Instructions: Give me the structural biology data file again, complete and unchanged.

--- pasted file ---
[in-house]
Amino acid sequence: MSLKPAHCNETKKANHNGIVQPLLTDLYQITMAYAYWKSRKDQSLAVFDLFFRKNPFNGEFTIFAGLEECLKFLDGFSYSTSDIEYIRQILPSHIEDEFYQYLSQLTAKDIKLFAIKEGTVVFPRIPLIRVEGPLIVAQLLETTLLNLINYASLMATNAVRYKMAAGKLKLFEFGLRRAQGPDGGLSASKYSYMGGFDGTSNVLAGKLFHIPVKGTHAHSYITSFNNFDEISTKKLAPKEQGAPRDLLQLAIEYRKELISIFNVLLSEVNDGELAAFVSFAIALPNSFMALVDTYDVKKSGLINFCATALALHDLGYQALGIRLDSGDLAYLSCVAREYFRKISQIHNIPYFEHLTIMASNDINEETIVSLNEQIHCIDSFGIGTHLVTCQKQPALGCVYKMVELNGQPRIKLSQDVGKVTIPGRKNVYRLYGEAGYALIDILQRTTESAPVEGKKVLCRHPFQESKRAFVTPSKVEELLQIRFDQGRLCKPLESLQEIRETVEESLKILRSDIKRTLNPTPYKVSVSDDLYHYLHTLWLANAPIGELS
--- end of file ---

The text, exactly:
[in-house]
Amino acid sequence: MSLKPAHCNETKKANHNGIVQPLLTDLYQITMAYAYWKSRKDQSLAVFDLFFRKNPFNGEFTIFAGLEECLKFLDGFSYSTSDIEYIRQILPSHIEDEFYQYLSQLTAKDIKLFAIKEGTVVFPRIPLIRVEGPLIVAQLLETTLLNLINYASLMATNAVRYKMAAGKLKLFEFGLRRAQGPDGGLSASKYSYMGGFDGTSNVLAGKLFHIPVKGTHAHSYITSFNNFDEISTKKLAPKEQGAPRDLLQLAIEYRKELISIFNVLLSEVNDGELAAFVSFAIALPNSFMALVDTYDVKKSGLINFCATALALHDLGYQALGIRLDSGDLAYLSCVAREYFRKISQIHNIPYFEHLTIMASNDINEETIVSLNEQIHCIDSFGIGTHLVTCQKQPALGCVYKMVELNGQPRIKLSQDVGKVTIPGRKNVYRLYGEAGYALIDILQRTTESAPVEGKKVLCRHPFQESKRAFVTPSKVEELLQIRFDQGRLCKPLESLQEIRETVEESLKILRSDIKRTLNPTPYKVSVSDDLYHYLHTLWLANAPIGELS